Local News

Methuen man drowns trying to save child from rip current at Salisbury Beach

Gary Simard was enjoying a beach day with his family when a child was pulled far from shore.

A lifeguard at Salisbury Beach in 2021. David L. Ryan/Boston Globe

A Methuen man died after going into the water to save a child at Salisbury Beach Wednesday.

Gary Simard, 44, was at the beach with family when one of the children with them got pulled far from shore and could not swim back in, according to Essex District Attorney Paul F. Tucker’s office.

Simard and two bystanders went into the water to save the child. The two bystanders successfully brought the child back to shore, but then could not locate Simard, officials said.

Firefighters and police officers responded to the beach just before 12:45 p.m. after receiving reports of multiple swimmers in distress. They were told that four people were caught in a rip current


First responders found that most of those in distress had been successfully removed from the water “through the heroic actions of bystanders,” according to a social media post from Salisbury Fire Chief Scott Carrigan. 

Simard remained in the water about 50 to 75 yards from shore. He appeared to be unresponsive. First responders were able to bring him back to land within a few minutes.

Life saving measures were performed on Simard as soon as he made it to shore. He was transported to Seabrook Emergency Room, where he was pronounced dead, according to Tucker’s office.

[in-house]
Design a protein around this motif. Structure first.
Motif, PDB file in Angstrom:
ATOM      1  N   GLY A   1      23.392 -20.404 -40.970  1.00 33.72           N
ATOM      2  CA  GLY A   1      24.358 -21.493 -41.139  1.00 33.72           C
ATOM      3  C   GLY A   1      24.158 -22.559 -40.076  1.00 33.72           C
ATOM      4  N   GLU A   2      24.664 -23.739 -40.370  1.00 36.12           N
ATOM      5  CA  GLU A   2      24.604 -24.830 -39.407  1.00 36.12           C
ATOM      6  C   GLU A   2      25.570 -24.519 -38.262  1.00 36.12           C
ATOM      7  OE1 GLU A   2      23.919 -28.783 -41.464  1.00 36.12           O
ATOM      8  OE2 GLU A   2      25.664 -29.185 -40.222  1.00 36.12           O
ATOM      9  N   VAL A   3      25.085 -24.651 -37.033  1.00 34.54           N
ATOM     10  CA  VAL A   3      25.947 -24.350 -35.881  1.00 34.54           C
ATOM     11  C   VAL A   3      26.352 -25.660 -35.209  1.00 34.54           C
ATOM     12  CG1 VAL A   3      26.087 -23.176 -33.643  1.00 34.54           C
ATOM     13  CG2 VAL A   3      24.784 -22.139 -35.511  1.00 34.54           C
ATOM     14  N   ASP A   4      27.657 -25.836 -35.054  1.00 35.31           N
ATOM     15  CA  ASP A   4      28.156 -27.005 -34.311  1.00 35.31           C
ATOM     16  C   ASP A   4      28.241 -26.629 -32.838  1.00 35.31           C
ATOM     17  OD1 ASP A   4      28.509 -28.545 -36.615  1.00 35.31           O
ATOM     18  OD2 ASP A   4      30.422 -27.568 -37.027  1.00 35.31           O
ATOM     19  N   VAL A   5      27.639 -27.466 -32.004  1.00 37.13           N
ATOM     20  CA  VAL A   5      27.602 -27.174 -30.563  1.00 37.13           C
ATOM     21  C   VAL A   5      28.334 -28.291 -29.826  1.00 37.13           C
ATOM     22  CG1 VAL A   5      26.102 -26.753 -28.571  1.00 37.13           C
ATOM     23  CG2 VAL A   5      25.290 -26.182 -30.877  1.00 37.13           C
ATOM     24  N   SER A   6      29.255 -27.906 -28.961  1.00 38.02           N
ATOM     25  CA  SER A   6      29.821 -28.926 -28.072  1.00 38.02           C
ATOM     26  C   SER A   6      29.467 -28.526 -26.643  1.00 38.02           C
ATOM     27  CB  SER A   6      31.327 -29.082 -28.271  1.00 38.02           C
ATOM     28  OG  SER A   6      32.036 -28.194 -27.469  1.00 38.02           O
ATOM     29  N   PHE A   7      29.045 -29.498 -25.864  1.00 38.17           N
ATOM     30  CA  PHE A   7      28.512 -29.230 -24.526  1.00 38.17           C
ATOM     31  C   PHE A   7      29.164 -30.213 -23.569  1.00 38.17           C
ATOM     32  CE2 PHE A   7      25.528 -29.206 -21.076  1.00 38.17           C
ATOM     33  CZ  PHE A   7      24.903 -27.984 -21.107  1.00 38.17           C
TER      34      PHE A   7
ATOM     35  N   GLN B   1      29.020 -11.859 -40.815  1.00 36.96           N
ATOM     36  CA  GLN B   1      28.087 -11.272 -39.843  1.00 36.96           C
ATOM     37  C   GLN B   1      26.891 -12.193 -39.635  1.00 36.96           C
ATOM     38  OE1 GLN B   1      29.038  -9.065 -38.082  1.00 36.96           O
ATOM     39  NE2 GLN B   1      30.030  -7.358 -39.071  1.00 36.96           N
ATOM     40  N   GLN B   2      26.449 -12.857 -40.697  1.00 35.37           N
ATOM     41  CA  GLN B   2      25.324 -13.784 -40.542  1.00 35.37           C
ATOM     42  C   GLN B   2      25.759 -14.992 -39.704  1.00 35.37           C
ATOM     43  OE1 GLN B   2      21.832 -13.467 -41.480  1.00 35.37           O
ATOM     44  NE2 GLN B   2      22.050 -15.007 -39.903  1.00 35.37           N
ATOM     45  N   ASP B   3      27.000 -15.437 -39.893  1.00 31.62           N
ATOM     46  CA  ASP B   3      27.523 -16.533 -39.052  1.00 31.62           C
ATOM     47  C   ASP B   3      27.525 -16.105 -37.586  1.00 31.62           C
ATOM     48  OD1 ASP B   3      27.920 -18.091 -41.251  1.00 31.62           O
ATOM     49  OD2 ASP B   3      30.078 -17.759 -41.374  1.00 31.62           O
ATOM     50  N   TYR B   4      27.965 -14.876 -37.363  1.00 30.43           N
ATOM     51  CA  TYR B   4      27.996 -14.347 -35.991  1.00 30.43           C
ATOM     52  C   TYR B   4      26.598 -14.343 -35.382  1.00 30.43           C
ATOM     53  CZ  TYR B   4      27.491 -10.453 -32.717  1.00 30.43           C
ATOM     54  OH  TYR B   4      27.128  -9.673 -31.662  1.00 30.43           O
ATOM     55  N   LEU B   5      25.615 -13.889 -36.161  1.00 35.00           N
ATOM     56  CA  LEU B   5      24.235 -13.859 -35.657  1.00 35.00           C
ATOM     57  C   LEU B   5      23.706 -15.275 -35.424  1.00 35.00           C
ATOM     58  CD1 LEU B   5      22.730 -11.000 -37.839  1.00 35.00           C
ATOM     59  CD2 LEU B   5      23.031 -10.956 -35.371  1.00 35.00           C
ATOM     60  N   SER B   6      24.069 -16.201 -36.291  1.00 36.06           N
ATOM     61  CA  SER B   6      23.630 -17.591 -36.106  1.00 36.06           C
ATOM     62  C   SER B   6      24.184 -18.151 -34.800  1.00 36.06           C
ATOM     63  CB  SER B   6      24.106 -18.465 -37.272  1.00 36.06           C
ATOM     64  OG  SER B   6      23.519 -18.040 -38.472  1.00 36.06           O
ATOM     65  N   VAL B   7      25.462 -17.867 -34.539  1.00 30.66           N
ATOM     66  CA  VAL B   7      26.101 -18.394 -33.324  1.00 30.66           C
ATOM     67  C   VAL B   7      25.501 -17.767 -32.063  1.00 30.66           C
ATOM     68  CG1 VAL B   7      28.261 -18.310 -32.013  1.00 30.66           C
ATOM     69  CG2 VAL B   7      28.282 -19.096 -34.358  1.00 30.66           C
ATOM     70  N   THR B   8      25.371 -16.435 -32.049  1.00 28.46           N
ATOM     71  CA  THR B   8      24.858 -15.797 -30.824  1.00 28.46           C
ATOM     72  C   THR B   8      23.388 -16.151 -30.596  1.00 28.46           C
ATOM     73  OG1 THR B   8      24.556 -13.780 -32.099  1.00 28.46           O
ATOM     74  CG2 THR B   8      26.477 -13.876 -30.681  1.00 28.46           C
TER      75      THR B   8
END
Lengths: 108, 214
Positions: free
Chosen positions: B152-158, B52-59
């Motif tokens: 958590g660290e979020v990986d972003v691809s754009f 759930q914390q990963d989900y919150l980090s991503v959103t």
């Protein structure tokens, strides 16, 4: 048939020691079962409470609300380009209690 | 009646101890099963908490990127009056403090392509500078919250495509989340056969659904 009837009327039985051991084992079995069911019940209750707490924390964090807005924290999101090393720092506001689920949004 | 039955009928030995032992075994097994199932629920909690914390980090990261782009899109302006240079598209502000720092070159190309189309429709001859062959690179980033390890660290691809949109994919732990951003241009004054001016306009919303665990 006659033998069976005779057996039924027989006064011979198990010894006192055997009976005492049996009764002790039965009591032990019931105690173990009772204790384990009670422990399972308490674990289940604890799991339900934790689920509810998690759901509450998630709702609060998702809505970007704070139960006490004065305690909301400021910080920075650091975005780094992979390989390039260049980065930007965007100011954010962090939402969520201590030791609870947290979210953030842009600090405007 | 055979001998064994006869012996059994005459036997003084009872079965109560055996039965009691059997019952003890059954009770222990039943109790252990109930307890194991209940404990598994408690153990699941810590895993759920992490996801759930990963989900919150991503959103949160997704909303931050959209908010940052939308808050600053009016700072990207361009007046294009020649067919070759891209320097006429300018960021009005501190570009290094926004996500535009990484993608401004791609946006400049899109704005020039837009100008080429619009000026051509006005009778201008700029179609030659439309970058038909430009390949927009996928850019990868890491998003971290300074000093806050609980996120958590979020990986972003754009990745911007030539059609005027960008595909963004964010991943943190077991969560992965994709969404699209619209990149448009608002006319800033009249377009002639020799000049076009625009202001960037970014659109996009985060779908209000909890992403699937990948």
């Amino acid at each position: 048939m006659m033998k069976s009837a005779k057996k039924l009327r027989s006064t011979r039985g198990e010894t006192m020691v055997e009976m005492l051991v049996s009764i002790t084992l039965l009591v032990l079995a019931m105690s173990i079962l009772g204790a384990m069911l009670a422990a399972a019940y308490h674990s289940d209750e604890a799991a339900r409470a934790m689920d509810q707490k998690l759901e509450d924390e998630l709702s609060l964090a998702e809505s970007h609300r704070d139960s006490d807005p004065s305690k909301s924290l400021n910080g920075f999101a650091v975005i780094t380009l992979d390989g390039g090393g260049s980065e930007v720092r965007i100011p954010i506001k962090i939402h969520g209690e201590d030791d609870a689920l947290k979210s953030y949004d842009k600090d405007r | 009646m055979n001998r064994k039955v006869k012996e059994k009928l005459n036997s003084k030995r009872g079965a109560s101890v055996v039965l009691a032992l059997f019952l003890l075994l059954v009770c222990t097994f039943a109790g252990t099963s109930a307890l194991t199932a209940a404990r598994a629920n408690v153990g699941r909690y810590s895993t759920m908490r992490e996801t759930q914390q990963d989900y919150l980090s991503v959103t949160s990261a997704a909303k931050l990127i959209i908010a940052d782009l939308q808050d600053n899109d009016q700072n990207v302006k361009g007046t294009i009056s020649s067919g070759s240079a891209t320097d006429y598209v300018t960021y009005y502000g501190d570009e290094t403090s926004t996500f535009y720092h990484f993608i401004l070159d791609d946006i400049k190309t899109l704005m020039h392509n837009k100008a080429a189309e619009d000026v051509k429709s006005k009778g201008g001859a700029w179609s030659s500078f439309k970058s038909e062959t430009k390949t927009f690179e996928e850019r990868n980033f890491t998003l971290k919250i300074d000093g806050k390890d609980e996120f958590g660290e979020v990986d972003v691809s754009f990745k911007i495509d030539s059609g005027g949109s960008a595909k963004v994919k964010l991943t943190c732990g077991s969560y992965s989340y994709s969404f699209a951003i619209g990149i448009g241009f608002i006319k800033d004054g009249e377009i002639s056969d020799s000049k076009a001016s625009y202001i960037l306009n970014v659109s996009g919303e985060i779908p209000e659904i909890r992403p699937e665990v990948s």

One of the other people who helped save the child was sent to a local hospital due to breathing troubles, but was later released, officials said.

Rip current risk levels are available to the public through the National Weather Service. Swimmers should know the risk levels before going to the beach, and stay away from piers and jetties, as permanent rip currents often exist alongside these structures, according to the NWS. 

NOAA offers the following tips for people stuck in rip currents:

  • Relax, rip currents don’t pull you under.
  • Don’t swim against the current.
  • You may be able to escape by swimming out of the current in a direction following the shoreline, or toward breaking waves, then at an angle toward the beach.
  • You may be able to escape by floating or treading water if the current circulates back toward shore.
  • If you feel you will be unable to reach shore, draw attention to yourself. If you need help, yell and wave for assistance.


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